We recently had a new client call with a concern about a relatively new roof on an old historic building, here in Washington DC. The roof wasn’t leaking, but they had just bought a recently renovated row home in DC. Like many victims of dirty flips, the new homeowners were concerned that there might be issues with the quality of the recent renovations.
The outline of the seven-part series on modified bitumen flat roofing follows, today we will start with section #1:
- What is Modified Bitumen Roofing?
- Hard Requirements
- Best Practices
- Telltale Sign Of Experience
- Core Sampling
- Rounded Corners and Why They are Better
- Bleed-out as a Sign for Proper Application
We will start by explaining the basic fundamentals of what a modified bitumen roof membrane is and how it is made and how it is applied. Later in this series we will look at telltale signs of quality and problems hidden just beneath the surface that are observable in modified bitumen low-slope roof systems.
What is Modified Bitumen Roofing?
Modified bitumen roof membranes are one of the many types of modern single-ply roofing materials used on low slope and flat roofs. Modified bitumen is considered a modern single-ply material, but it’s older than most of the other alternative types. In fact, modified bitumen, while not a historic type of material, has been used for decades.
The photo shows a rough texture ceramic granule covered membrane. The granules are available in a variety of colors. The smooth variety of membrane is lighter weight, but requires more maintenance, as it must be recoated and reposted throughout the life of the roof.
The most common type of bitumen, around us everyday, is the asphalt type of material used on roadways. We see that almost everywhere we go. Modified bitumen, by comparison to asphaltic bitumen, is very different because modified bitumen, when manufactured, has a high velocity air applied to the surface which changes the material on a molecular level. This distinction in the manufacturing process sets it apart from conventional asphaltic bitumen. During production, modified bitumen experiences this application of high-velocity air to its surface, inducing molecular changes. This process, known as hot air leveling, involves blowing heated air onto the bitumen surface. The high-velocity air serves multiple purposes, primarily aiding in the dispersion and alignment of polymer modifiers within the bitumen matrix. As the air interacts with the bitumen, it facilitates the creation of a more uniform and stable molecular structure. This molecular alteration enhances the material’s overall properties, imparting increased elasticity, flexibility, and resistance to temperature fluctuations. The modified bitumen’s molecular transformation contributes to its superior performance in roofing applications, providing a durable and weather-resistant solution. This nuanced manufacturing approach distinguishes modified bitumen from traditional asphaltic bitumen, creating its engineered molecular composition tailored for enhanced functionality in roofing systems.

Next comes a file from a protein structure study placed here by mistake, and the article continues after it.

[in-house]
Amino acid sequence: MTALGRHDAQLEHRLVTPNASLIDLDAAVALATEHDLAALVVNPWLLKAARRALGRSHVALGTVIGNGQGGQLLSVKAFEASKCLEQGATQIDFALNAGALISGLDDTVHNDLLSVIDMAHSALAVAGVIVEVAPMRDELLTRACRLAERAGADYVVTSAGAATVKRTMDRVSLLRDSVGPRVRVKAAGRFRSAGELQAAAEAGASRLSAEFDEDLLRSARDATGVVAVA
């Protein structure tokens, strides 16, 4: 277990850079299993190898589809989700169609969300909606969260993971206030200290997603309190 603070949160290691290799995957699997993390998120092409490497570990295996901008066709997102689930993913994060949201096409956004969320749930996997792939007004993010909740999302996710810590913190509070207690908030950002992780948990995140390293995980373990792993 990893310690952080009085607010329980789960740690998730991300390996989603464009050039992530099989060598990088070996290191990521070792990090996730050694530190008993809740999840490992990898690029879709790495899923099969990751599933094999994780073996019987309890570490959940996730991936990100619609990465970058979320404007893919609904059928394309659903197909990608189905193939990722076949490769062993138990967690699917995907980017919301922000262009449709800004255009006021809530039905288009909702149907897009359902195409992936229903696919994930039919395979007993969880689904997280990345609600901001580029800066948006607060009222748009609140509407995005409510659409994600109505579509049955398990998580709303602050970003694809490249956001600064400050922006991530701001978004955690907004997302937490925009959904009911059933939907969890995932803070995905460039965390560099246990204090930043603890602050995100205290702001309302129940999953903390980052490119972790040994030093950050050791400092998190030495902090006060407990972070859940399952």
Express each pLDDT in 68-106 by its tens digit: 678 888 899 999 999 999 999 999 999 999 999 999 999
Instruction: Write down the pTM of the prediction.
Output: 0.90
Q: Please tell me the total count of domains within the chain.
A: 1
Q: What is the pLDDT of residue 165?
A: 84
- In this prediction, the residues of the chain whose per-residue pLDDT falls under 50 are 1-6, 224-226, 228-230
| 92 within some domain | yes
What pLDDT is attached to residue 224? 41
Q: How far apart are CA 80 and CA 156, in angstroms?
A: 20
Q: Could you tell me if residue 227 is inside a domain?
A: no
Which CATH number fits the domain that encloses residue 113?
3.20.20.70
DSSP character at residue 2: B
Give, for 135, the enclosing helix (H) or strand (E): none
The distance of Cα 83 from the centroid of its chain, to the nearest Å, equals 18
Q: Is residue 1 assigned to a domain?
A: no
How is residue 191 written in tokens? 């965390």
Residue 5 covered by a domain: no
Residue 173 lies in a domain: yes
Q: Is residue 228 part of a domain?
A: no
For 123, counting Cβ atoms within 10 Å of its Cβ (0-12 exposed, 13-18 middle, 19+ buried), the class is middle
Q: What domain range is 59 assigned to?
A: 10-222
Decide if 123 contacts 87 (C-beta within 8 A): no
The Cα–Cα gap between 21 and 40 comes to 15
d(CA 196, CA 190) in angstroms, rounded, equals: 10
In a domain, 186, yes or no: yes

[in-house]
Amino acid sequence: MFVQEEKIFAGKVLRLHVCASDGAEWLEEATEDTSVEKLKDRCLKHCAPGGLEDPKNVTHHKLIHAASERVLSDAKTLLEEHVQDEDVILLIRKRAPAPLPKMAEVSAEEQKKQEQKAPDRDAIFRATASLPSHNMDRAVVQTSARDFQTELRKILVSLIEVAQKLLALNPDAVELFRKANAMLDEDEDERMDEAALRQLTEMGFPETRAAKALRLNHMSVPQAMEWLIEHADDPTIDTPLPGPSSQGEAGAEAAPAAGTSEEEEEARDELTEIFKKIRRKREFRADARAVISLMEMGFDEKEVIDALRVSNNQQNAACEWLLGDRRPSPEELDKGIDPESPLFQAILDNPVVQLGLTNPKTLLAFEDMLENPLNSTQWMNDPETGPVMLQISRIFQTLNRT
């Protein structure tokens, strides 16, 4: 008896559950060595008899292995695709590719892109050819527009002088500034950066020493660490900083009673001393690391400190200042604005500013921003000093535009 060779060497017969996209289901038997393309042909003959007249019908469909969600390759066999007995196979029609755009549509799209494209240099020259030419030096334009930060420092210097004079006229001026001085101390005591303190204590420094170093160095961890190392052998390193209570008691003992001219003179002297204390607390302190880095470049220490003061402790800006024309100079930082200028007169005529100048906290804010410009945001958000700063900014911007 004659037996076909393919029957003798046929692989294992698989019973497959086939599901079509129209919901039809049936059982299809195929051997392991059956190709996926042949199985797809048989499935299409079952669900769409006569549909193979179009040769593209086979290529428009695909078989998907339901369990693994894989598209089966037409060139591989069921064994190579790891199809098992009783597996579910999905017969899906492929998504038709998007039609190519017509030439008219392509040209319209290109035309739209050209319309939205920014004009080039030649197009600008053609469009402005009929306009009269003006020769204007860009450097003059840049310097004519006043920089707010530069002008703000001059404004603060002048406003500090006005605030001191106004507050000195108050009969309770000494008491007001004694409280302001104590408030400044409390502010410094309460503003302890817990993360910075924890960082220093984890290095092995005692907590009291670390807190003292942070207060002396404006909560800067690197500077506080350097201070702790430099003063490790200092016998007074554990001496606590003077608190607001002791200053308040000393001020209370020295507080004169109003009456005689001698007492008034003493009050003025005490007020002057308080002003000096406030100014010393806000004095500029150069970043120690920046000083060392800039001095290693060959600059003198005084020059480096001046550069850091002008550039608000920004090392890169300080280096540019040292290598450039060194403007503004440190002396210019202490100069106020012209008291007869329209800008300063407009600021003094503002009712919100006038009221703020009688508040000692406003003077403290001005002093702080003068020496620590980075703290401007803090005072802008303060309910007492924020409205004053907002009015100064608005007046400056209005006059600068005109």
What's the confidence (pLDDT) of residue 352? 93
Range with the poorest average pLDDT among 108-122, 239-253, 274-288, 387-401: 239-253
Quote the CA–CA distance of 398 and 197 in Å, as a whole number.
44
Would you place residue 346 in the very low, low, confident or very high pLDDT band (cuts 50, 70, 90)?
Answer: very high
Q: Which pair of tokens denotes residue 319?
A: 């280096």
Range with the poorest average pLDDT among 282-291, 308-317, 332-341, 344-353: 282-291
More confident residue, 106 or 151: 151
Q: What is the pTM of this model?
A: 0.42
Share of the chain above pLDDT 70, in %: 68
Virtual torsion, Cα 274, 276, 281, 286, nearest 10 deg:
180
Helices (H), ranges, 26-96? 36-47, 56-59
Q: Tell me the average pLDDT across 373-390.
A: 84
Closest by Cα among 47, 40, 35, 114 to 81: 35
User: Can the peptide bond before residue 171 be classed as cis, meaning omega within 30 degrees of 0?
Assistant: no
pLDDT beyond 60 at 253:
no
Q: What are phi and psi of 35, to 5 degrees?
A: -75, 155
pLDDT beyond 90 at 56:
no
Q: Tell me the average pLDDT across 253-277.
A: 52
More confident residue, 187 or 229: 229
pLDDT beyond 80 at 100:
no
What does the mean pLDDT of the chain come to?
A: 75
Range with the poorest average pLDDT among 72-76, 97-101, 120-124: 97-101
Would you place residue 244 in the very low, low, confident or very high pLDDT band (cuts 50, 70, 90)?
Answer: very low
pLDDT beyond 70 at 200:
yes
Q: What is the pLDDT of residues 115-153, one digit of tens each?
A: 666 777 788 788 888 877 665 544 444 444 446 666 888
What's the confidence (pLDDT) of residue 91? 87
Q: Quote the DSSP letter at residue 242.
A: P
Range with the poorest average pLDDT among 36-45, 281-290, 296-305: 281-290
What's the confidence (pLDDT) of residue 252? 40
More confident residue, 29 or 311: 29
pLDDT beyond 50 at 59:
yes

Modified bitumen single-ply flat roof membranes are composed of a blend of asphalt and synthesized rubber-like modifiers, Modified bitumen roll membranes are often reinforced with multiple internal layers of polyester or fiberglass for added strength and tear resistance. The application, onto a roof deck or polyisocyanurate substrate on the roof, involves torch / flame activation (melting) of the bottom layer’s emulsion which allows the membrane to adhere to the roof deck or recovery board substrate The torch-welded seams create a continuous, near watertight surface.
Alternatively, self-adhesive versions use a peel-and-stick method for installation, yet actually do not simplify the process. In fact, self-adhesive type applications are known to be fraught with problems such as later detachment or delamination.
Somewhere around half of the flat roofs in Washington DC are built with modified bitumen materials, but it’s arguably not the best material available today. As an alternative to modified bitumen, synthetic polymer or thermoset materials like TPO are available and for a slightly increased price, TPO offers many advantages over modified bitumen roofing. Nonetheless, because it’s so prolific, our company, as a trusted roofing contractor, must be familiar with the modified bitumen materials and system requirements so we can both troubleshoot and repair roofs where we are called out to for these needs.
Upkeep, Care and Maintenance of Washington DC Roofs
The upkeep, maintenance, and general care of flat and mansard roof systems should be driven by an understanding and passion for historical methodologies, waterproofing principles, engineering and building science. Washington DC, a city built with both vintage charm and contemporary modernities, residential and commercial buildings of substantial value.
The roofs of these buildings are their defensive shield from the harsh elements of nature. To our clients, as well as all readers of this article and our blog, we emphasize the importance of quality construction and active building maintenance. Our website includes informative resources you can use to understand and learn about best practices on preservation of your building. If you are in need of further guidance on the roof and its associated systems for your Washington DC property, we are here to assist, where we can. Simply contact us or complete the webform below and drop us a line and we’ll respond if we can help.